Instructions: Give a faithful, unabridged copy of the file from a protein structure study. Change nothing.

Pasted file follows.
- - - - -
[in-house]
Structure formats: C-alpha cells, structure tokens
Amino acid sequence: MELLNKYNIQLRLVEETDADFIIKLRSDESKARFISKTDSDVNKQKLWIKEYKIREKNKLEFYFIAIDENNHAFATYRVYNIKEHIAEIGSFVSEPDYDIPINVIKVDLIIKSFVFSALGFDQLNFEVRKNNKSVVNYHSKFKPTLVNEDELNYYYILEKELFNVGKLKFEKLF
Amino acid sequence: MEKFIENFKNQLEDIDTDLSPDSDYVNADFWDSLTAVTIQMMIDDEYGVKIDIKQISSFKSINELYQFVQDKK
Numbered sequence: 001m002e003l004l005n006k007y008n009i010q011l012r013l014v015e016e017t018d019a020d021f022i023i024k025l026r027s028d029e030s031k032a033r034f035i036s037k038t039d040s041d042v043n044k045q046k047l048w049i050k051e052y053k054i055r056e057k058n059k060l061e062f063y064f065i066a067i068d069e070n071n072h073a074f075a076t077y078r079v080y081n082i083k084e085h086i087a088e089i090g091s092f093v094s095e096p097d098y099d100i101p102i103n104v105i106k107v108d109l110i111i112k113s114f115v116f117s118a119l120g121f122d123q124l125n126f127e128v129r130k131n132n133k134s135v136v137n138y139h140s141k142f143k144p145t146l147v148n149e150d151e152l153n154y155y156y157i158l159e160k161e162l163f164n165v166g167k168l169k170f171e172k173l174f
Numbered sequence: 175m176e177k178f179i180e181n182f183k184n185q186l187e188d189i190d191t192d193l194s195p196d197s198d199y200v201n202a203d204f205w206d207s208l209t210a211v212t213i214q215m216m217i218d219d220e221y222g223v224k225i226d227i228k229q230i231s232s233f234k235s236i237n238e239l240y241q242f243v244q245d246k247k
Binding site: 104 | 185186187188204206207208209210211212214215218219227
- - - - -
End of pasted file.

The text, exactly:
[in-house]
Structure formats: C-alpha cells, structure tokens
Amino acid sequence: MELLNKYNIQLRLVEETDADFIIKLRSDESKARFISKTDSDVNKQKLWIKEYKIREKNKLEFYFIAIDENNHAFATYRVYNIKEHIAEIGSFVSEPDYDIPINVIKVDLIIKSFVFSALGFDQLNFEVRKNNKSVVNYHSKFKPTLVNEDELNYYYILEKELFNVGKLKFEKLF
Amino acid sequence: MEKFIENFKNQLEDIDTDLSPDSDYVNADFWDSLTAVTIQMMIDDEYGVKIDIKQISSFKSINELYQFVQDKK
Numbered sequence: 001m002e003l004l005n006k007y008n009i010q011l012r013l014v015e016e017t018d019a020d021f022i023i024k025l026r027s028d029e030s031k032a033r034f035i036s037k038t039d040s041d042v043n044k045q046k047l048w049i050k051e052y053k054i055r056e057k058n059k060l061e062f063y064f065i066a067i068d069e070n071n072h073a074f075a076t077y078r079v080y081n082i083k084e085h086i087a088e089i090g091s092f093v094s095e096p097d098y099d100i101p102i103n104v105i106k107v108d109l110i111i112k113s114f115v116f117s118a119l120g121f122d123q124l125n126f127e128v129r130k131n132n133k134s135v136v137n138y139h140s141k142f143k144p145t146l147v148n149e150d151e152l153n154y155y156y157i158l159e160k161e162l163f164n165v166g167k168l169k170f171e172k173l174f
Numbered sequence: 175m176e177k178f179i180e181n182f183k184n185q186l187e188d189i190d191t192d193l194s195p196d197s198d199y200v201n202a203d204f205w206d207s208l209t210a211v212t213i214q215m216m217i218d219d220e221y222g223v224k225i226d227i228k229q230i231s232s233f234k235s236i237n238e239l240y241q242f243v244q245d246k247k
Binding site: 104 | 185186187188204206207208209210211212214215218219227